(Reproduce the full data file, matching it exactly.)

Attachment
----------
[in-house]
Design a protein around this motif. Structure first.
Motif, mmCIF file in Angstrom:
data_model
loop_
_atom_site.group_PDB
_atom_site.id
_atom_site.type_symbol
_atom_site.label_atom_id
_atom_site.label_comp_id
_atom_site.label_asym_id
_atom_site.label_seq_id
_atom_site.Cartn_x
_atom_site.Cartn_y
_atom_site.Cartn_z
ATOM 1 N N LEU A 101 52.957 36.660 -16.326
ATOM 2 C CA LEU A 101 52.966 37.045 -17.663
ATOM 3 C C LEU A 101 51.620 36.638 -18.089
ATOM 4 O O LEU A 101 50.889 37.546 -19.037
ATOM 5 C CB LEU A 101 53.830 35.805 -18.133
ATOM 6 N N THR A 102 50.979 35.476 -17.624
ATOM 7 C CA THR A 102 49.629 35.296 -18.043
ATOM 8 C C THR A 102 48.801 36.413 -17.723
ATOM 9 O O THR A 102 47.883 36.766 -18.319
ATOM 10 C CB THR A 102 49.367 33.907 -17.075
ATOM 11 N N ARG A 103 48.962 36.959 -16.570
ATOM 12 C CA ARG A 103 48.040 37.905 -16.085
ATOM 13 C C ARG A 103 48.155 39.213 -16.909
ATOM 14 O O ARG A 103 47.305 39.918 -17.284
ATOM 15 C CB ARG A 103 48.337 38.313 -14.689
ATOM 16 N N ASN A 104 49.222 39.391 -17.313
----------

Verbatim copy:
[in-house]
Design a protein around this motif. Structure first.
Motif, mmCIF file in Angstrom:
data_model
loop_
_atom_site.group_PDB
_atom_site.id
_atom_site.type_symbol
_atom_site.label_atom_id
_atom_site.label_comp_id
_atom_site.label_asym_id
_atom_site.label_seq_id
_atom_site.Cartn_x
_atom_site.Cartn_y
_atom_site.Cartn_z
ATOM 1 N N LEU A 101 52.957 36.660 -16.326
ATOM 2 C CA LEU A 101 52.966 37.045 -17.663
ATOM 3 C C LEU A 101 51.620 36.638 -18.089
ATOM 4 O O LEU A 101 50.889 37.546 -19.037
ATOM 5 C CB LEU A 101 53.830 35.805 -18.133
ATOM 6 N N THR A 102 50.979 35.476 -17.624
ATOM 7 C CA THR A 102 49.629 35.296 -18.043
ATOM 8 C C THR A 102 48.801 36.413 -17.723
ATOM 9 O O THR A 102 47.883 36.766 -18.319
ATOM 10 C CB THR A 102 49.367 33.907 -17.075
ATOM 11 N N ARG A 103 48.962 36.959 -16.570
ATOM 12 C CA ARG A 103 48.040 37.905 -16.085
ATOM 13 C C ARG A 103 48.155 39.213 -16.909
ATOM 14 O O ARG A 103 47.305 39.918 -17.284
ATOM 15 C CB ARG A 103 48.337 38.313 -14.689
ATOM 16 N N ASN A 104 49.222 39.391 -17.313